SF Classical Voice: Ruehr’s Novel ‘Response’ to Cypress’ ‘Call’

San Francisco Classical Voice
February 26, 2010
By Jeff Kaliss

For its "Call & Response" program this year, San Francisco's Cypress String Quartet is returning to a composer friend whom they'd commissioned earlier in the program's 11-year history. That's Elena Ruehr, who came out from Boston last month to work with the ensemble on her String Quartet No. 5, premiering at the end of February at Herbst Theatre. Mutual admiration is tangible between Ruehr and Cypress cellist Jennifer Kloetzel as they talk about their extended collaboration, begun with the composer's String Quartet No. 4, written for "Call & Response" in 2005.

Cypress String Quartet "There are two or three things you guys do which just blow me away," Ruehr tells Kloetzel. "These really intricate lines that I've written, instead of just making them sound like a busy texture, you make them sound like a canon: Every line is clear, but it's still working together. The other thing you do is the whole sense of line ... and the structure of the piece, from the first to the last movement, you really feel that there's a journey that was very, very carefully put together. And then you have this sense of fluid tempo, which I love."

Canons, changeups of tempo, and polyrhythms evocative of world music abound in Ruehr's work. That's only part of what the Cypress loves about her, as evidenced in its recording of three of her earlier quartets, to be released this month on the Quartet's own label, CSQ (and made available online).

"She has a tremendous sense of melody," testifies Kloetzel. "She writes melodies you want to sing, you want to go home humming. Mozart does the same, Schubert does the same, and I see the three of these composers as being linked in that way."

In the tradition of "Call & Response," those two older composers will share the Quartet's program this month with Ruehr. Programs in past years have been designed to show the influence of the standard repertoire on a contemporary composer, but this year, for the first time, there's a literary as well as a musical link between the three pieces.

"In Mozart's quartet The Violet, which is K. 575, the second movement is based on a Goethe poem," Kloetzel explains. "And in Schubert's Death and the Maiden, the second movement is also based on a poem [by Matthias Claudius]. We've worked with Elena a lot, and we know how she loves to read, so she got to choose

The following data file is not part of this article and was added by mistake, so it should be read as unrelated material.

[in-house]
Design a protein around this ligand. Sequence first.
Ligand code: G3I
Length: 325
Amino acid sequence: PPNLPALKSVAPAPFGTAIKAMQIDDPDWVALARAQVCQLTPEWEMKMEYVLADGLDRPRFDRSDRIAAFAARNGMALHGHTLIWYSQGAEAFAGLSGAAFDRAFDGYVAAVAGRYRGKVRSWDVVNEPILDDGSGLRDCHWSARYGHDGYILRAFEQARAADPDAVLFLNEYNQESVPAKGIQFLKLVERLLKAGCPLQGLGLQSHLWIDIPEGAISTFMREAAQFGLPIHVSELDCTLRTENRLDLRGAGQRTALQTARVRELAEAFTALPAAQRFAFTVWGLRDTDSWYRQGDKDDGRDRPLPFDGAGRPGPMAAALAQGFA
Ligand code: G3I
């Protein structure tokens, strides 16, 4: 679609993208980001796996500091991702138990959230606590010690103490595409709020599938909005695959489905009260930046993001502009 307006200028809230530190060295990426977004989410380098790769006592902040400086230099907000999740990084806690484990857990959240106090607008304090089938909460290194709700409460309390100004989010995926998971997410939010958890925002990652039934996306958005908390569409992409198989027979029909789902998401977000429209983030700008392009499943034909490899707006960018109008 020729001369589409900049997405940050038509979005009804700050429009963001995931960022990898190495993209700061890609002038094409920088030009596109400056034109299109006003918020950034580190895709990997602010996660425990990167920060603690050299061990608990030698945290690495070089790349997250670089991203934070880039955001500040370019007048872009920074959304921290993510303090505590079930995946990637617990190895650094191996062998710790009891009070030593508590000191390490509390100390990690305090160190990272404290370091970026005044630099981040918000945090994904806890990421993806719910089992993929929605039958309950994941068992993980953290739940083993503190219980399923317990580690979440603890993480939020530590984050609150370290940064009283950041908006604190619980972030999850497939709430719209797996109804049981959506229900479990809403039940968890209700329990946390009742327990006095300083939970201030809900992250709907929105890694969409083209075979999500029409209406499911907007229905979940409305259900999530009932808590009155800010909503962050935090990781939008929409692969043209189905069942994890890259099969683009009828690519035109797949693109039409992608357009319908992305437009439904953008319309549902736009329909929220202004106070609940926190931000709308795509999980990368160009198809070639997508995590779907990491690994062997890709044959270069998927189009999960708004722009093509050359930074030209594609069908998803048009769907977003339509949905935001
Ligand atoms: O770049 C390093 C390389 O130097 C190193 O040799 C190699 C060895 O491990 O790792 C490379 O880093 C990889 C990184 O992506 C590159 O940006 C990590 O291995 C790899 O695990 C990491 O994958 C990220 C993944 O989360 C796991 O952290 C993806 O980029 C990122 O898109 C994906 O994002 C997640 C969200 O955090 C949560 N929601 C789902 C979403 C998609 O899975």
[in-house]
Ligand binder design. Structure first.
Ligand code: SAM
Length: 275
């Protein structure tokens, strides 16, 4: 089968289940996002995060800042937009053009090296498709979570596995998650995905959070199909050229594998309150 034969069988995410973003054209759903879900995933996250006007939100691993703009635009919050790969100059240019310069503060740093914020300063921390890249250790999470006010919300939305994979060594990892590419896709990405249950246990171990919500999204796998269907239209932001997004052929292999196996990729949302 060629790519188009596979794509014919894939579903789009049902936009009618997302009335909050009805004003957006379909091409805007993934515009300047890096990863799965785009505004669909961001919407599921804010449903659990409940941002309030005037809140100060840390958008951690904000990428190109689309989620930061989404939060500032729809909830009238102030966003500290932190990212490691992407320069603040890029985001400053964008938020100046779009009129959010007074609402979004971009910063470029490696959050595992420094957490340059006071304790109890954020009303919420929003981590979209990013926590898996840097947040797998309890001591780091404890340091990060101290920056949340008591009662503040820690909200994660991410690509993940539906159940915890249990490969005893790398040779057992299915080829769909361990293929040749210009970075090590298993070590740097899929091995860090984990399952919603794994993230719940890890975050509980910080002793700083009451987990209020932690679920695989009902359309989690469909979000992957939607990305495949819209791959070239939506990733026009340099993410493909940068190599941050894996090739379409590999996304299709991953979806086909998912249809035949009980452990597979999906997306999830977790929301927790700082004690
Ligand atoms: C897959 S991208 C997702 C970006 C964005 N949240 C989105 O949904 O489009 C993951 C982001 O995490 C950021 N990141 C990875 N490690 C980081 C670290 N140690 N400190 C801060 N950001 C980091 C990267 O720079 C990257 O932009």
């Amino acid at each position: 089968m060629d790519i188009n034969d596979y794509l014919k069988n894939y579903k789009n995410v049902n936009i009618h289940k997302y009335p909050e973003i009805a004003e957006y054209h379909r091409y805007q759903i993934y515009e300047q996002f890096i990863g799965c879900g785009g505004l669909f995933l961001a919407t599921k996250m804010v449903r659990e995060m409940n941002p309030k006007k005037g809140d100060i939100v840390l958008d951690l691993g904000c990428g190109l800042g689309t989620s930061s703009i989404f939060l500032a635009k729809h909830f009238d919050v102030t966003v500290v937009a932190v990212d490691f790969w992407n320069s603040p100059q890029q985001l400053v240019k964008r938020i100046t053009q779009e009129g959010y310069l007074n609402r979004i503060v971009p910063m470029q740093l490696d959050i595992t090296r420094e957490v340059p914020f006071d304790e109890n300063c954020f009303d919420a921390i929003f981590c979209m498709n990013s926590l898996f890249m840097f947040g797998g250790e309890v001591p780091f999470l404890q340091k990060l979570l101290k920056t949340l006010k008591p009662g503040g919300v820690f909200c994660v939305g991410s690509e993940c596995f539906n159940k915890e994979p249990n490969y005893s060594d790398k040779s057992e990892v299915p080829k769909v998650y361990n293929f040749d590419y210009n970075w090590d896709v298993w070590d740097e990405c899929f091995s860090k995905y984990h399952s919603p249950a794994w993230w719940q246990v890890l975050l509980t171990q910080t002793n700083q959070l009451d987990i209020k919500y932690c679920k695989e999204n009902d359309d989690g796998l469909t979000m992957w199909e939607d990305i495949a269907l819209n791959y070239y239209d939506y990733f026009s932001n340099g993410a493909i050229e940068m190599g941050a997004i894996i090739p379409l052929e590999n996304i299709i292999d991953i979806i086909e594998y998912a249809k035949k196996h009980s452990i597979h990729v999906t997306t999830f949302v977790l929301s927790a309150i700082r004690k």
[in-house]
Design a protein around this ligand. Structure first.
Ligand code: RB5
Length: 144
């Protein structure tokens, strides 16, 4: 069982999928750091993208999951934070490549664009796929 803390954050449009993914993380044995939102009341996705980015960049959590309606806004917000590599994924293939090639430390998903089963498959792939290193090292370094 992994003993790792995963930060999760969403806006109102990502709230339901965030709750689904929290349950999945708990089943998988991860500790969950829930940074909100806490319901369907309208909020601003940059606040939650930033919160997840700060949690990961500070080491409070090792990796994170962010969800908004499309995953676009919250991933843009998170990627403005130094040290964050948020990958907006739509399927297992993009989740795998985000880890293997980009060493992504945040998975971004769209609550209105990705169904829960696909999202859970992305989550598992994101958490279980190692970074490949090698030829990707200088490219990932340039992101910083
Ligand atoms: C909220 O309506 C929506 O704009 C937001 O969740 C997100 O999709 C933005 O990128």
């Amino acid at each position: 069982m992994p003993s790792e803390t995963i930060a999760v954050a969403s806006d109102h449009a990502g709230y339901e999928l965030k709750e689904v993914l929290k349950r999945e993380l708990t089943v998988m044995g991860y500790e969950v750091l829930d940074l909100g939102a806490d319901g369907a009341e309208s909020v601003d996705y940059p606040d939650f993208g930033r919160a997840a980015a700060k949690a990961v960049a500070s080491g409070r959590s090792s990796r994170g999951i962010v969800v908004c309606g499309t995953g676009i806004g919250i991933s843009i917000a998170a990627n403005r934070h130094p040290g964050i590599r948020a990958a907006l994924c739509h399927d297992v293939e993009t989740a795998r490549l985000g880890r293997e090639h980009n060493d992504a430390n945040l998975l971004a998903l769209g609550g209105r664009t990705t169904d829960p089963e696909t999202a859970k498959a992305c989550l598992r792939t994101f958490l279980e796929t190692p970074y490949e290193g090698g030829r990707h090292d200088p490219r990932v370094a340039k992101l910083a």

which text she wanted to work with."

The choice, a 2001 novel of intrigue by Ann Patchett titled Bel Canto (HarperCollins), was easy for Ruehr. "It was one of those books I stayed up and read all night," she points out. The principal female character is a celebrated soprano (the fictional Roxanne Coss); the other characters include a band of Latin American revolutionaries, a Japanese businessman, and several international diplomats, all of whom appealed to Ruehr's affection for world music. Within her new quartet's 10 short movements, the composer was able to embed a long-loved Japanese folk song, Sakura, as well as bits of pieces that Coss sings in the novel — or might sing — from Schubert, Dvořák, Puccini, and Barber.

Those composers (including Ruehr herself) and the history of classical music will be illuminated by Cypress as it extends its "Call & Response" project to Bay Area schools throughout this month, as well as to San Francisco's Community Music Center on Capp St. (Feb. 6), the San Francisco Public Library's Koret Auditorium (Feb. 25), and a concert at the Montalvo Art Center (Feb. 28). Ruehr will be present for the latter two events and for a preconcert talk at the Herbst on Feb. 26.

"Part of the idea behind 'Call & Response' is to show the audience that music is a natural evolution from an earlier time," says Kloetzel. "There's usually an 'Aha! We can still do that today!'"

Jeff Kaliss has written about opera and other classical forms for the Marin Independent-Journal and The Oakland Tribune. He is based in San Francisco, and also covers jazz, world music, country, rock, film, theater, and other entertainment. The second edition of his authorized biography of Sly & the Family Stone was published by Backbeat Books.